Most people would think the message of only flushing bodily waste and toilet paper would be getting through but apparently not: in fact some people in Australia are using their toilets as a rubbish bin.
Sydney Water has revealed all the strange things people think are acceptable to flush.
“As comedian Kitty Flanagan remarked on ABC’s The Weekly, many people regard the toilet like ‘a garbage bin with water in the bottom of it’,” Sydney Water spokesman Peter Hadfield said, reports News Corp.
Mr Hadfield said small family pets were one of the common things found in the wastewater system. On top of that, some people think it’s okay to flush clothes and bed linen, while others have flushed cigarettes, fat and oil from the kitchen and even mobile phones, though it’s unclear whether that’s deliberate.
But one of the biggest no-nos is flushing wet wipes. These increasingly popular items have caused huge headaches for the wastewater system as they are not flushable at all.
Mr Hadfield said if you lined up all the wipes removed from the wastewater system, you could stretch them between Sydney and Los Angeles.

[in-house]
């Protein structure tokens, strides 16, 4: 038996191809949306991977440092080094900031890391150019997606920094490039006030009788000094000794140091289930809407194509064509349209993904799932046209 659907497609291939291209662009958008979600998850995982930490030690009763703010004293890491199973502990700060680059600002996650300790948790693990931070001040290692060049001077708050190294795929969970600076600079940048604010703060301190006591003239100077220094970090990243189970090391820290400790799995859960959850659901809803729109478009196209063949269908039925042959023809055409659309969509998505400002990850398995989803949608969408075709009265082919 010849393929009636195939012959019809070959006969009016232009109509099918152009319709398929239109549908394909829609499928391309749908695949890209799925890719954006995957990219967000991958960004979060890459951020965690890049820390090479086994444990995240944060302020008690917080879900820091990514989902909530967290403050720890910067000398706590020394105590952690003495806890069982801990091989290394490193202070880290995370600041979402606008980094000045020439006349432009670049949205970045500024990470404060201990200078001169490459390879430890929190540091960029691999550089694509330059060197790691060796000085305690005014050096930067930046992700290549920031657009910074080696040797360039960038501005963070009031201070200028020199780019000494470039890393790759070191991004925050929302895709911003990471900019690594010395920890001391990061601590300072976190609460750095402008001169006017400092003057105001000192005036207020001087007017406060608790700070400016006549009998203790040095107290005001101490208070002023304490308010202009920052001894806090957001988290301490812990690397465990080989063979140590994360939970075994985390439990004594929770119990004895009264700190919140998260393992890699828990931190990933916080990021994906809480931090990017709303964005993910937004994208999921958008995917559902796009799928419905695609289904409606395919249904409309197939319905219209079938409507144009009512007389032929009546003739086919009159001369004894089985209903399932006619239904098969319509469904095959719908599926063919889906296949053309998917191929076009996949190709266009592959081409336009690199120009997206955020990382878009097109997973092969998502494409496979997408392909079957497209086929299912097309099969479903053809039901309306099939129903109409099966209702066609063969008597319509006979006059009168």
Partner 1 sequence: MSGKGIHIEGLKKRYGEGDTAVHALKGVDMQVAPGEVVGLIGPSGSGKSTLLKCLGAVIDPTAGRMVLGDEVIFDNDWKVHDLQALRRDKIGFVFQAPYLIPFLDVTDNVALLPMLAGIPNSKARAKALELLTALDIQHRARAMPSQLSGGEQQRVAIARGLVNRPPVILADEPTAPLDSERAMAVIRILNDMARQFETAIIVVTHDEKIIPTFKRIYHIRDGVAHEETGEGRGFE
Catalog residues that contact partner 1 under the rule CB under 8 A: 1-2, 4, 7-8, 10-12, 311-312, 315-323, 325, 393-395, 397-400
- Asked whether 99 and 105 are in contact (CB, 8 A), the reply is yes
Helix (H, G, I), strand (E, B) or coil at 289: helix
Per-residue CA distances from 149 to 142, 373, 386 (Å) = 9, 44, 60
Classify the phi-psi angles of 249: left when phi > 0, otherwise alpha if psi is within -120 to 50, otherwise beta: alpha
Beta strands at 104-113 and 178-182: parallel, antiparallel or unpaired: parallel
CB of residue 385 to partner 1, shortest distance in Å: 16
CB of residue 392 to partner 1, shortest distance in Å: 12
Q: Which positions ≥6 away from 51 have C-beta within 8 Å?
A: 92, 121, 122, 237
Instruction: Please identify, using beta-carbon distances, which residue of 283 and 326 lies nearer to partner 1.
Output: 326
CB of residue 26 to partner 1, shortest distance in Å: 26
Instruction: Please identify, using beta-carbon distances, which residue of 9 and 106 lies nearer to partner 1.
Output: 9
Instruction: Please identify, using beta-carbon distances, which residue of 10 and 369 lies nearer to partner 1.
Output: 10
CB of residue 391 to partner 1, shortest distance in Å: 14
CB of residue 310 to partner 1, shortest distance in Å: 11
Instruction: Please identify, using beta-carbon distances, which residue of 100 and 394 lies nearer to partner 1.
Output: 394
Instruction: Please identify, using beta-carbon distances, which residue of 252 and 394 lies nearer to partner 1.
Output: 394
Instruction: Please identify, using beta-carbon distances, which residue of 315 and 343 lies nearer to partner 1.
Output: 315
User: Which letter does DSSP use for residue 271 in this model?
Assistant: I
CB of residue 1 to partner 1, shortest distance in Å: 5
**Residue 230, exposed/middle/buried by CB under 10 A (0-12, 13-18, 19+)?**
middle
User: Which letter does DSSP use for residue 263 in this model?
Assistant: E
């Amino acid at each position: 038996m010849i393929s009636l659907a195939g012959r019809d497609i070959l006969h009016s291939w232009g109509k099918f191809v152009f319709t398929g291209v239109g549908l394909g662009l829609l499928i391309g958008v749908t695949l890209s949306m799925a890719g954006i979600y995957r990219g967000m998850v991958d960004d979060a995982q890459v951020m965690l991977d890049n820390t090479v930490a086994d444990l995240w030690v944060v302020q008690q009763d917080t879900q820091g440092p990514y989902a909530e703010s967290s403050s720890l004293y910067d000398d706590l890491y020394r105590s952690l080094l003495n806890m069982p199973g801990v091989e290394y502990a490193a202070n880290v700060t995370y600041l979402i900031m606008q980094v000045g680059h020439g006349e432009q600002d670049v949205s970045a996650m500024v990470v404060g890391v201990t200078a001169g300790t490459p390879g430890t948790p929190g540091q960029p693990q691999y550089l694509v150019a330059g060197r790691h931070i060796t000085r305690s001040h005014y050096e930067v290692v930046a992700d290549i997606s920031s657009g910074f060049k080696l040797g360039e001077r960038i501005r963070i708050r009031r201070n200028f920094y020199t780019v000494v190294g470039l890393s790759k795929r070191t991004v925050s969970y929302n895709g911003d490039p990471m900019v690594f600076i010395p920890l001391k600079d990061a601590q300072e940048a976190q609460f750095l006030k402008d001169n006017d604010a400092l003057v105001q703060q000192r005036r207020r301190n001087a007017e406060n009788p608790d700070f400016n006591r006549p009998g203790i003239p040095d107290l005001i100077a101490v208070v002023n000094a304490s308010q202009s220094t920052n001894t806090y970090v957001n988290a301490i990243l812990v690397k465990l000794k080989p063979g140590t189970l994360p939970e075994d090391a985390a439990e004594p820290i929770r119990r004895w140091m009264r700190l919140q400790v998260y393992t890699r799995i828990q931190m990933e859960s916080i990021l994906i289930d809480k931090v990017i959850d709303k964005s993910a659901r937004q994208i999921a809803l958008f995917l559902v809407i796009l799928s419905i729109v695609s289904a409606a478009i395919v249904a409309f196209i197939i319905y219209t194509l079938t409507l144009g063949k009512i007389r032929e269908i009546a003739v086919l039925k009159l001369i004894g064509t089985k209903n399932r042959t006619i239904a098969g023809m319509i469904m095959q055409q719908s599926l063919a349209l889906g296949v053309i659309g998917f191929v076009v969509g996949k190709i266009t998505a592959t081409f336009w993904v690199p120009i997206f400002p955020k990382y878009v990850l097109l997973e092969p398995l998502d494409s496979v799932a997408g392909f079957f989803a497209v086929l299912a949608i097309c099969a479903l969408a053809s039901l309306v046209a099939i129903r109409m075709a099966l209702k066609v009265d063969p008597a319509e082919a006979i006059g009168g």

“Wet wipes are a 500 tonne per year problem for Sydney Water because that is how many wet wipes we remove from our system”.
Just wet wipes along are costing Australia’s entire water industry more than $20 million.
“The impact on the environment can also be dramatic, with overflows caused by sewer blockages impacting on local creeks, rivers and even beaches,” Mr Hadfield said.
In fact, 75 per cent of sewer blockages are because people are clogging the pipes with wipes – so let’s make sure we don’t do it!
Back in February, a massive blockage made up of wet wipes and sewage was pulled from an underground pipe near Newcastle.
Hunter Water’s Nick Kaiser said at the time, “The wet wipes are being advertised as basically an extra way to freshen yourself up after the bathroom.
“The whole flushable wet wipe issue is actually a global issue”.
The blockage had weighed about a tonne and took four hours to remove…and was 7 metres long.
Mr Kaiser said “The safest way to think about what you can put down your toilet is the three Ps — pee, paper and poo.
“Everything else should stay out of the sewer. Unfortunately, there are no actual standards for what is flushable.
“So you’ll flush the toilet and the wet wipe will disappear, but it just doesn’t break down”.